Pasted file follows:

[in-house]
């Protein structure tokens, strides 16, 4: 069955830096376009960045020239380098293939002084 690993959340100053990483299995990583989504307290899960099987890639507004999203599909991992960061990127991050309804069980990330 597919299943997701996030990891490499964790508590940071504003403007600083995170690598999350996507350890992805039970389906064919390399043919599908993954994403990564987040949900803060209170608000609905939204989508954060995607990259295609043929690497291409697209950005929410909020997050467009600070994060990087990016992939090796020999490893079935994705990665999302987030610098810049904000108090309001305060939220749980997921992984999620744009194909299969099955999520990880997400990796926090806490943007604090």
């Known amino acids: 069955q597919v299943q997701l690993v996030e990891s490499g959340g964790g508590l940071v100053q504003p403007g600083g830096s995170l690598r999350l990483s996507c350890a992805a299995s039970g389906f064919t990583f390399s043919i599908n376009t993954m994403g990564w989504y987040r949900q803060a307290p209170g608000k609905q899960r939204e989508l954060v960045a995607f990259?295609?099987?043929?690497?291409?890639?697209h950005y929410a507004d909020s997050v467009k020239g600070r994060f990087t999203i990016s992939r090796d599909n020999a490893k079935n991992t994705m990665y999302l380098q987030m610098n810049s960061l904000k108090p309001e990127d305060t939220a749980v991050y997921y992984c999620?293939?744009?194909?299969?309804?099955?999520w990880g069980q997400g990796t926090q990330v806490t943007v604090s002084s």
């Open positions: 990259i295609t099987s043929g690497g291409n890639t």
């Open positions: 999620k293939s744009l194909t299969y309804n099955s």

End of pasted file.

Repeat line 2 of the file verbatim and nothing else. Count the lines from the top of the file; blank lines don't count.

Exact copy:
């Protein structure tokens, strides 16, 4: 069955830096376009960045020239380098293939002084 690993959340100053990483299995990583989504307290899960099987890639507004999203599909991992960061990127991050309804069980990330 597919299943997701996030990891490499964790508590940071504003403007600083995170690598999350996507350890992805039970389906064919390399043919599908993954994403990564987040949900803060209170608000609905939204989508954060995607990259295609043929690497291409697209950005929410909020997050467009600070994060990087990016992939090796020999490893079935994705990665999302987030610098810049904000108090309001305060939220749980997921992984999620744009194909299969099955999520990880997400990796926090806490943007604090």